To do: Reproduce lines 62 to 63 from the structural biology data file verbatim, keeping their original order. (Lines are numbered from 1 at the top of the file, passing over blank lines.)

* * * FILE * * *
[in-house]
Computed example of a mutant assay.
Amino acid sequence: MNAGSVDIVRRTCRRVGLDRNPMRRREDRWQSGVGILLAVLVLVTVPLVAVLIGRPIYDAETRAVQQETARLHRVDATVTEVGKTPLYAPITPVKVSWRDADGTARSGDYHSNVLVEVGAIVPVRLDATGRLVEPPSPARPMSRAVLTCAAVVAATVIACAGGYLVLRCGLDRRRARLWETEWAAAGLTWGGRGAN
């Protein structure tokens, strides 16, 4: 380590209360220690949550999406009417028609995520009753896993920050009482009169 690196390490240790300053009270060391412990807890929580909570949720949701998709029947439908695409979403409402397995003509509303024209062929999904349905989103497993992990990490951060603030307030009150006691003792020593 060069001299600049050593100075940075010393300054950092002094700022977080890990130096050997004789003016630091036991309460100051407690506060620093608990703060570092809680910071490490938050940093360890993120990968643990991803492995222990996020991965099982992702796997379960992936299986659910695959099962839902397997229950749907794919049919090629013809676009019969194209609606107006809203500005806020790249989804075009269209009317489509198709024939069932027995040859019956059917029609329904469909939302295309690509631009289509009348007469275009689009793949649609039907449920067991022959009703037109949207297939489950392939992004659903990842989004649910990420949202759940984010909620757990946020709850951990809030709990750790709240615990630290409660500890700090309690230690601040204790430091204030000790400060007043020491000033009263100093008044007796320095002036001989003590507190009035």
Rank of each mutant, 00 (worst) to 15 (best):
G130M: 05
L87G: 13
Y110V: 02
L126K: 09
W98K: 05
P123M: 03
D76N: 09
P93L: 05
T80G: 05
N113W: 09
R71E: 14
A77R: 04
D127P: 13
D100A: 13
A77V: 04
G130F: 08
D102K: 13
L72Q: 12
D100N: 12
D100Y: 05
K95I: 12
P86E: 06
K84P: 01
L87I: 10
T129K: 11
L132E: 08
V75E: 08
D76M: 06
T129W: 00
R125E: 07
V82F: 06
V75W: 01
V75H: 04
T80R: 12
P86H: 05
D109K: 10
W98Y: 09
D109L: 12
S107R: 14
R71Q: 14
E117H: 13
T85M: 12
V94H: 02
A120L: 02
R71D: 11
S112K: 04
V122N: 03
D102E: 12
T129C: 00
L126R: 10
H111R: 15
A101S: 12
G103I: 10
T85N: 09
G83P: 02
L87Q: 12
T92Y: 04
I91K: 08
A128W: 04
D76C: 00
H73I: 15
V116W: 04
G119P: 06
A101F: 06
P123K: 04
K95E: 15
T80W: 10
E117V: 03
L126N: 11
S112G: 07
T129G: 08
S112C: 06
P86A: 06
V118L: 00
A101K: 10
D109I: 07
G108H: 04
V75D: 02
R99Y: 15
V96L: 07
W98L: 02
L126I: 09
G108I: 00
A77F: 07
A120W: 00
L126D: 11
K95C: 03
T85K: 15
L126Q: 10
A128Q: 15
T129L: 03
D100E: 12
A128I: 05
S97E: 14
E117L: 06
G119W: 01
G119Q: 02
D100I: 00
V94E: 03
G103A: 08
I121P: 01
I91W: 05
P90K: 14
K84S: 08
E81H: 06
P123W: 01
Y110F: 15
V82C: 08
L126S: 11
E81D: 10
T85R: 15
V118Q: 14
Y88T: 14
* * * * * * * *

T92Y: 04
I91K: 08